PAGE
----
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Cover to Staff: Bypass Commissions on Edgewater

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Re: Cover to Staff: Bypass Commissions on Edgewater

Postby Stu Levitan » Fri Mar 15, 2013 10:27 am

Local zoning codes have been held a legitimate function of government for 86 years.
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Re: Cover to Staff: Bypass Commissions on Edgewater

Postby ArturoBandini » Fri Mar 15, 2013 10:32 am

lukpac wrote:How would they prove said legitimacy?
You tell me. I haven't seen any arguments that prove the legitimacy of government yet.

You can refer to something like Hobbes' Leviathan for an argument that attempts to justify government powers, in this case, monarchy. There are other examples of this sort of thinking, but I seldom see evidence of it in modern politicians and bureaucrats - they seem to take their powers for granted.

I'd also consider the Constitution as an example of at least clearly defining the limits of government powers in an effort to justify the limited powers claimed. Of course, these limits have been selectively ignored when convenient for at least the last century.
Last edited by ArturoBandini on Fri Mar 15, 2013 10:36 am, edited 1 time in total.
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Re: Cover to Staff: Bypass Commissions on Edgewater

Postby lukpac » Fri Mar 15, 2013 10:35 am

ArturoBandini wrote:
lukpac wrote:How would they prove said legitimacy?
You tell me. I haven't seen any arguments that prove the legitimacy of government yet.


And with that I think this conversation is pretty much over.
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Re: Cover to Staff: Bypass Commissions on Edgewater

Postby ArturoBandini » Fri Mar 15, 2013 10:41 am

Stu Levitan wrote:Local zoning codes have been held a legitimate function of government for 86 years.
Thanks for linking, seriously.

Should we agree that the Supreme Court truly is supreme? The incontestable arbiter of legitimacy? What are your opinions on Heller? Citizens United?
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Re: Cover to Staff: Bypass Commissions on Edgewater

Postby Stebben84 » Fri Mar 15, 2013 10:54 am

ArturoBandini wrote:And I'm moving in a few months anyway.


I'm assuming that's to fairy tale land.
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Re: Cover to Staff: Bypass Commissions on Edgewater

Postby Henry Vilas » Fri Mar 15, 2013 10:54 am

ArturoBandini wrote: Should we agree that the Supreme Court truly is supreme? The incontestable arbiter of legitimacy? What are your opinions on Heller? Citizens United?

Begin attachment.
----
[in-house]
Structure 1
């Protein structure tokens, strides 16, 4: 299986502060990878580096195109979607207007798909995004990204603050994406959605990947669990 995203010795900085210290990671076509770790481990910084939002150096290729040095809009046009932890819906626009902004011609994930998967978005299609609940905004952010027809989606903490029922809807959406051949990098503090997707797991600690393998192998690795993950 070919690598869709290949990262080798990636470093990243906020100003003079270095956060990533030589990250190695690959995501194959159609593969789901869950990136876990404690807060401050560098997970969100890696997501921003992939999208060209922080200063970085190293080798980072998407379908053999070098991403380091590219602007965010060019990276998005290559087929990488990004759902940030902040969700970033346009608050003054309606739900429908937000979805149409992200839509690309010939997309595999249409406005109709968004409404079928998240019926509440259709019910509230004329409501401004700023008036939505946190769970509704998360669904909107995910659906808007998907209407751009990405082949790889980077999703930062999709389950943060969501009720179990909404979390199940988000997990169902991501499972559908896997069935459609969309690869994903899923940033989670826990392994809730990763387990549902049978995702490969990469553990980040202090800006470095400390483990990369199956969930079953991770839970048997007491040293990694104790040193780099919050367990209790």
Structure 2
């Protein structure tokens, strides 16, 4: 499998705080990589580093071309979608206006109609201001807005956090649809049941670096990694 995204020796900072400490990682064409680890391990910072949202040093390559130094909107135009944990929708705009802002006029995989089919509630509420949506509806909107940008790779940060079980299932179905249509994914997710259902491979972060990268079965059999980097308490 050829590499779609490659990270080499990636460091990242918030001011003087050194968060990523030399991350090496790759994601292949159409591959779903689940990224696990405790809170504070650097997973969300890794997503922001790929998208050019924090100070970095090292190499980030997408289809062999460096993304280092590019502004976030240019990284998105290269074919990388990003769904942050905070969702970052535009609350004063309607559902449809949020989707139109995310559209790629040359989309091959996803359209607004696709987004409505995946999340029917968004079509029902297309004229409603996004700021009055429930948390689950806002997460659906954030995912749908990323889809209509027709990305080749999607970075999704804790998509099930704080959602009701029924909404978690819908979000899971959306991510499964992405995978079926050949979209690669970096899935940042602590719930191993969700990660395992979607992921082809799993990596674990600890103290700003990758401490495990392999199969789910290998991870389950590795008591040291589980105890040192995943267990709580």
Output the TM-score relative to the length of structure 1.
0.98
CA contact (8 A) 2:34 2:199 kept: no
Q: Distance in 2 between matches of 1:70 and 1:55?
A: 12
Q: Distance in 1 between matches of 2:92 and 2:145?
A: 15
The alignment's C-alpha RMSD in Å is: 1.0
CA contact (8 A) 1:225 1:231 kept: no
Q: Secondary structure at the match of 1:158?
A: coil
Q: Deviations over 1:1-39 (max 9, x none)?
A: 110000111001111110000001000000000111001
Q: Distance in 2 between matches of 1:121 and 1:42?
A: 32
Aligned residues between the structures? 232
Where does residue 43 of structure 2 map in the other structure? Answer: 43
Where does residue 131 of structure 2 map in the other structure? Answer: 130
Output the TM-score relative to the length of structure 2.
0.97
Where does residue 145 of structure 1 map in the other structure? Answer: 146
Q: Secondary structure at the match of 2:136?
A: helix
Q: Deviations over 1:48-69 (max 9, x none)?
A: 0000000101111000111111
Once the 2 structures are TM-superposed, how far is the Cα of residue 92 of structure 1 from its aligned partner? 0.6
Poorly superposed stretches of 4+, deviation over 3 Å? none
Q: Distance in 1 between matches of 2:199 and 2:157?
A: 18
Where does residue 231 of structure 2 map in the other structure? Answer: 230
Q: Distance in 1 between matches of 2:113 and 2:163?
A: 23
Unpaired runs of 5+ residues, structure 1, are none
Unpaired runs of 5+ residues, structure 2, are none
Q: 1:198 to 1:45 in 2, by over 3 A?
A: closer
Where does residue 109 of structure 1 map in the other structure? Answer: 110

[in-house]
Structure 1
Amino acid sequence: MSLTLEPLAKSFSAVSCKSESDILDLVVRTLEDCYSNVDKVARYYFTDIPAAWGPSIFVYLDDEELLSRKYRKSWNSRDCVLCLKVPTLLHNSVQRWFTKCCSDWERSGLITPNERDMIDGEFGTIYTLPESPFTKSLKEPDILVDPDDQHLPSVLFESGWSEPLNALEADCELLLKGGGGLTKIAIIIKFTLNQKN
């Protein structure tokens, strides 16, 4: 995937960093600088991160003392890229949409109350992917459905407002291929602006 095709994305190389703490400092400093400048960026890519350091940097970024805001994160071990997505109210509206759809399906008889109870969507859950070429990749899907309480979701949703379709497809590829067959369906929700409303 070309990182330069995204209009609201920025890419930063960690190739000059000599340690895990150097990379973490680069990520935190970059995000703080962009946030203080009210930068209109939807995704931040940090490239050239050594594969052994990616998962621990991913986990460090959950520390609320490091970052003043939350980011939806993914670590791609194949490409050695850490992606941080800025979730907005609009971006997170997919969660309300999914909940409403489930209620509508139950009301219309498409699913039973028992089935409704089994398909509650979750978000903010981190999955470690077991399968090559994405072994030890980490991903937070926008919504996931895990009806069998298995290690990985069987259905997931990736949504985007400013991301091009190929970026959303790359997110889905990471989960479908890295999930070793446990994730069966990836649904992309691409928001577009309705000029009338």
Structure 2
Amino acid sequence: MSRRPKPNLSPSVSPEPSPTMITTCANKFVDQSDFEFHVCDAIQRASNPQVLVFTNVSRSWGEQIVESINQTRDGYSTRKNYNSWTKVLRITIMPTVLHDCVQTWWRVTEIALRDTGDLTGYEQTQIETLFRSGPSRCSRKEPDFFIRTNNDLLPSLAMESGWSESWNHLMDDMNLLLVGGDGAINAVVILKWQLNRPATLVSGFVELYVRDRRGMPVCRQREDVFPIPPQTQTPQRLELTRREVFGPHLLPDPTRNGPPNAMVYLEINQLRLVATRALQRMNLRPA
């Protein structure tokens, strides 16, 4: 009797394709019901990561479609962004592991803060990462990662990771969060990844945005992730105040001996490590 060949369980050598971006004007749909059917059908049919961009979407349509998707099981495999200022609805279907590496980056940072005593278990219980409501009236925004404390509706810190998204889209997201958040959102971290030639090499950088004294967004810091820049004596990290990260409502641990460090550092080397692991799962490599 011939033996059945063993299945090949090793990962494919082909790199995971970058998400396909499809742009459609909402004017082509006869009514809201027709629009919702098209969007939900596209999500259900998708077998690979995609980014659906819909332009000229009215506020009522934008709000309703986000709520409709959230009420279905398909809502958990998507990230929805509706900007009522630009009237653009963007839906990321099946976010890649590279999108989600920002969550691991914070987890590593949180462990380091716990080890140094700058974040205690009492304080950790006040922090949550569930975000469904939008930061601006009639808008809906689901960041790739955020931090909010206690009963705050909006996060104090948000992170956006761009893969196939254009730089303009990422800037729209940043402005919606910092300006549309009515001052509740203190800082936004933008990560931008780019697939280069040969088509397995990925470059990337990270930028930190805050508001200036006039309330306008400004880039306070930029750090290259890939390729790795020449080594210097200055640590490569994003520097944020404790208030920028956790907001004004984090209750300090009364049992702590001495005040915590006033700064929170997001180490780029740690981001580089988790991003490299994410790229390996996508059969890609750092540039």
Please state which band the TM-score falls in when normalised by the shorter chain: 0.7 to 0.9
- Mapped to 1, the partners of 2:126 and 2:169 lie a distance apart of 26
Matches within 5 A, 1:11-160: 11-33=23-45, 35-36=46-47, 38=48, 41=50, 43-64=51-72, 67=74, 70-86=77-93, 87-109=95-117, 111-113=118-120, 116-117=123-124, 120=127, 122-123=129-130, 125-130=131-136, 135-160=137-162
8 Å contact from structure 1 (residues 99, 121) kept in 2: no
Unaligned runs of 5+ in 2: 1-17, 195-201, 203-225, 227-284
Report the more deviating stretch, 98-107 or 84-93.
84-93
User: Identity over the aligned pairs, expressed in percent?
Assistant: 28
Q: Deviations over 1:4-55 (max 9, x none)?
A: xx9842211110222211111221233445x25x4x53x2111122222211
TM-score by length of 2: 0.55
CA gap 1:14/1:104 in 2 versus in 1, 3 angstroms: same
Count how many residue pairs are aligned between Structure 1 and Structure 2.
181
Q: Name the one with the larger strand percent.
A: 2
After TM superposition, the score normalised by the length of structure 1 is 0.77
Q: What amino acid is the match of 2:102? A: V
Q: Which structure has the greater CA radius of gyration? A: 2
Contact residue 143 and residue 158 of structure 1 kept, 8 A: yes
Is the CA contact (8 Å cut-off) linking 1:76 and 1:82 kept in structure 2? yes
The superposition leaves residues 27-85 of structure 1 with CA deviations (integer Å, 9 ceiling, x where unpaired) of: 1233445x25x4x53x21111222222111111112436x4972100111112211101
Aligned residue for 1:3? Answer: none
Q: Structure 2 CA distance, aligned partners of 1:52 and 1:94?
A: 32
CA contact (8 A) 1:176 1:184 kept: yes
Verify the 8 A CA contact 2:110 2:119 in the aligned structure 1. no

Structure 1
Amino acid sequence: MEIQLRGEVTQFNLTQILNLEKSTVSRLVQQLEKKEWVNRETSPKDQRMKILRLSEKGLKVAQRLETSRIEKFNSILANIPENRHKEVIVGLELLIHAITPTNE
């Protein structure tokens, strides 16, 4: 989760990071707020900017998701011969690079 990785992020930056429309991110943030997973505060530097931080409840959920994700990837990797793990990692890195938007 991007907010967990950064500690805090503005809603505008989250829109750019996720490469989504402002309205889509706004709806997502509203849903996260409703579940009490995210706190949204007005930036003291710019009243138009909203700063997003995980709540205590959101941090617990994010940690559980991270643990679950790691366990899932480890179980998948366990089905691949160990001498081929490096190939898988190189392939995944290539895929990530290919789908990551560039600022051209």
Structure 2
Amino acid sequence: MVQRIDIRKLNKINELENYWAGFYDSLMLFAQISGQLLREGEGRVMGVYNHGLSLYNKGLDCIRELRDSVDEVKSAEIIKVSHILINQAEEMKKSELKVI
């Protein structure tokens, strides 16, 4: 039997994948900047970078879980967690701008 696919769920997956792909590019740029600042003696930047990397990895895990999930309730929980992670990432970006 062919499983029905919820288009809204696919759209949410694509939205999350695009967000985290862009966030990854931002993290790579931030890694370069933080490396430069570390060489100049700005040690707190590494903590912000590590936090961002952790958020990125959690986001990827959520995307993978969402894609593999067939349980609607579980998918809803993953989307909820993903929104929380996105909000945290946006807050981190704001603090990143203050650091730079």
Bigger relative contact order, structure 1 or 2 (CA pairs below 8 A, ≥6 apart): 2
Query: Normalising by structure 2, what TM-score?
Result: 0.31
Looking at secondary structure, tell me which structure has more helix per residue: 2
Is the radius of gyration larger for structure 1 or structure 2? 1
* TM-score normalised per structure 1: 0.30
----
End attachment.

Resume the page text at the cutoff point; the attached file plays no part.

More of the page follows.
Law is supreme. The Constitution is the supreme law of the land. The Supreme Court, under the Constitution, is the final arbiter of that law. The law can be changed.

While I personally disagree with both Heller and Citizens United, it is the law.
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Re: Cover to Staff: Bypass Commissions on Edgewater

Postby ArturoBandini » Fri Mar 15, 2013 11:03 am

Henry Vilas wrote:While I personally disagree with both Heller and Citizens United, it is the law.
That is a positive statement. My arguments are normative. The difference between what is vs. what should be. It's perfectly OK to challenge the law, even "well established" law.
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Re: Cover to Staff: Bypass Commissions on Edgewater

Postby DCB » Fri Mar 15, 2013 11:55 am

lukpac wrote:
ArturoBandini wrote:
lukpac wrote:How would they prove said legitimacy?
You tell me. I haven't seen any arguments that prove the legitimacy of government yet.


And with that I think this conversation is pretty much over.

Too bad. I was kind of interested in the original question: what qualifies as a 'significant' change that merits review by Landmarks or other commissions?
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Re: Cover to Staff: Bypass Commissions on Edgewater

Postby green union terrace chair » Fri Mar 15, 2013 12:21 pm

Arturo, I've always liked you as a poster and feel that we more or less align on economic issues. But it seems that you are just being obtuse here for the sake of taking a theoretical belief to an extreme that has little practical bearing.

I believe that property rights are paramount. More important in fact than freedom of speech. But what one does on ones property is not done in a vacuum.

Before zoning laws, you could build anything anywhere. Say somebody bought a few houses next to mine in the city, knocked them down and opened up a pig farm. I would be impacted by noise, smell and probably detrimental health issues. The city's sewers would probably not be able to handle all the waste. Maybe our groundwater would be contaminated. That's why we have zoning laws against raising livestock within the city limits.

Same goes for building a factory in a residential area. Or a number of other examples. Neighboring properties impact each other and your property rights cannot be upheld at the cost of mine.

Lastly I close with this. I am now reading all of your posts in this thread in the voice of Ron Swanson and they make a lot more sense.